I’ve got a lot to say today because we’re in my favorite city in all the world. I’ve been visiting since I was 10 years old, when my daddy was taking classes for his doctoral degree and then when my brother followed in his footsteps a few years later. This city is spectacularly gorgeous and haunting. It’s the oldest city in America, but it feels like you’ve driven into a breathtaking European city when you get here. The little alleys with storefronts that look straight out of a Dickens book on cobblestone streets have flags of all different nationalities hanging from the balconies.
3 story mediterranean and Victorian homes share the block with the coquina walls of the buildings and stores, built to weather hurricanes and wars. We even had breakfast in a French patisserie that’s been owned by the same family for almost 50 years.
New Orleans’ historic charm pales in comparison to this. You would just have to see it to understand. In this city, every corner you turn holds a new discovery, a little adventure, a rare second-hand bookstore, a vintage jewelry shop, an English restaurant, a city gate that’s been standing rock solid since the early 1700s. There is always a cool breeze from off the Atlantic.
(Yep. THE Real Fountain of Youth. Went there when I was 10, drank the water and now here I am, obviously 24. I should have gone in there and asked for my money back.)
(He’s kind of like a labrador retriever. He just can’t resist cold water.)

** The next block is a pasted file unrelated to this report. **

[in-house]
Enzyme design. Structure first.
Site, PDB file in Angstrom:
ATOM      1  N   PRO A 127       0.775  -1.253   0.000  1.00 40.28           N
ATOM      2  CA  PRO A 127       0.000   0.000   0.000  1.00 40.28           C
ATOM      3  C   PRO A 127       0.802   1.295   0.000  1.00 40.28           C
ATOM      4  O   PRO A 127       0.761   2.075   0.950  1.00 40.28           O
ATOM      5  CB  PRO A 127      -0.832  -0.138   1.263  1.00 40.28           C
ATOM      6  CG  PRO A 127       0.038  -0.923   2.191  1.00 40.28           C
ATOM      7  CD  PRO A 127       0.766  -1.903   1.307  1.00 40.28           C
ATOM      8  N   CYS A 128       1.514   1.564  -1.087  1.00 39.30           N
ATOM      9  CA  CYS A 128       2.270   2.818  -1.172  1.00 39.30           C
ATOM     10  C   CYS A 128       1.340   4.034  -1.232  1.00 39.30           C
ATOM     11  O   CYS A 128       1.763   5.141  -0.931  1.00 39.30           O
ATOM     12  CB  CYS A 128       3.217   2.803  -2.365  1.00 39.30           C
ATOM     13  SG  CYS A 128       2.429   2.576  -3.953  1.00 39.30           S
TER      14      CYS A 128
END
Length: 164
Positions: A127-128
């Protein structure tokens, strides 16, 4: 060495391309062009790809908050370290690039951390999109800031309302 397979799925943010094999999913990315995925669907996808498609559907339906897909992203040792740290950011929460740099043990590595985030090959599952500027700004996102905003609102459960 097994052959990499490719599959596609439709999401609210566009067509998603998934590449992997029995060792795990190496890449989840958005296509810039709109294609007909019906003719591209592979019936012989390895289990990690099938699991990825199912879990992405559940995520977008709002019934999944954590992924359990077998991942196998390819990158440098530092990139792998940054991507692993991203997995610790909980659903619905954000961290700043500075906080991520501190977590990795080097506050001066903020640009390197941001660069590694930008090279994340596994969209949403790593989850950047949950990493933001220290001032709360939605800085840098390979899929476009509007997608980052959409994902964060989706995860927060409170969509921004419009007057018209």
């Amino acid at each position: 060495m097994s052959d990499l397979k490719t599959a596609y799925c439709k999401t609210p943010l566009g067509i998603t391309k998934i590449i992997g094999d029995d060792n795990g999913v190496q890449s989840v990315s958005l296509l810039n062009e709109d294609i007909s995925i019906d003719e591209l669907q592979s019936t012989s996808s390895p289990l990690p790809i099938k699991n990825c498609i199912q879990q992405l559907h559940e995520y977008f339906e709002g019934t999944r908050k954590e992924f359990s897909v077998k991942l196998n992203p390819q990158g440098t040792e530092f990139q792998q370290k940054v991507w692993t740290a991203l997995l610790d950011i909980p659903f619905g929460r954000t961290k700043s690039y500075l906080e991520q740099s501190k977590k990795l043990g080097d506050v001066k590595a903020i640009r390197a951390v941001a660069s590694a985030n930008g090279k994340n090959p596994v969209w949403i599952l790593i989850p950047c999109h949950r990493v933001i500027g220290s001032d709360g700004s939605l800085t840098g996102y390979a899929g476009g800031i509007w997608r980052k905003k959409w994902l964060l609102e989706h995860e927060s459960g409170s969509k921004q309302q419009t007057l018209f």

In high school, I made up my mind and was determined that I would go to Flagler College and study art. I applied too late and was put on the wait list, so that dream never came to fruition. Today I was painfully aware of how amazing it would have been to be a student there, as a senior from the school gave us a tour of the former hotel. This is where I could have studied and lived:
(Louis Comfort Tiffany created all the windows in the building. It was his first big hotel project as a young man.)
I’ve been having these recurring dreams since I was little, where I am walking around the streets just before it gets dark outside, and I’m lost but I know where I am trying to go. Several times in my dreams, the city is mostly deserted and I’m alone looking for the ‘haunted hospital’ (my dreams are mixing with Laurel’s 1st Avenue for some reason), but it’s actually Flagler College in total ruins when I find it. Inside are restaurants and gypsies, old sea captains with white beards and little houses built right up into the Spanish moss covered live oaks. There are ghosts and I’m not afraid of them, strange games being played on the streets where people pay admission to watch. Coming back again this time, I am finding the pieces of the dream and realizing that I took all the parts of this city that most affected me and they got mixed up in my memory and dreams.
For mama, here are some photos of me on my first visit in 1996 and now in 2010:
(At Flagler College in basically the same outfit. Nice.)
(On St. George Street)
Call me morbid, but I find it fascinating that Henry Flagler’s mausoleum is in the Memorial Presbyterian Cathedral, and that his spirit still feels very much alive when you’re walking the campus of his old hotel. He loved this city so much, he had his talented architects from around the world construct most of the city’s most beautiful structures. I guess my daddy really instilled the history gene as a child because I remember all the details they told us on the historic tours of the city, and I’m absorbing them again this time around so that someday I can tell our children the same stories. If. You know what I mean. The history in St. Augustine is tangible like no place else on earth. You can reach out and touch it and feel it and see it and feel connected to these people who were here centuries ago. In summation: you have to visit here. It’ll change your life. Goodnight readers!
(This fancy pants camera was worth every penny. That’s the moon, not the sun.)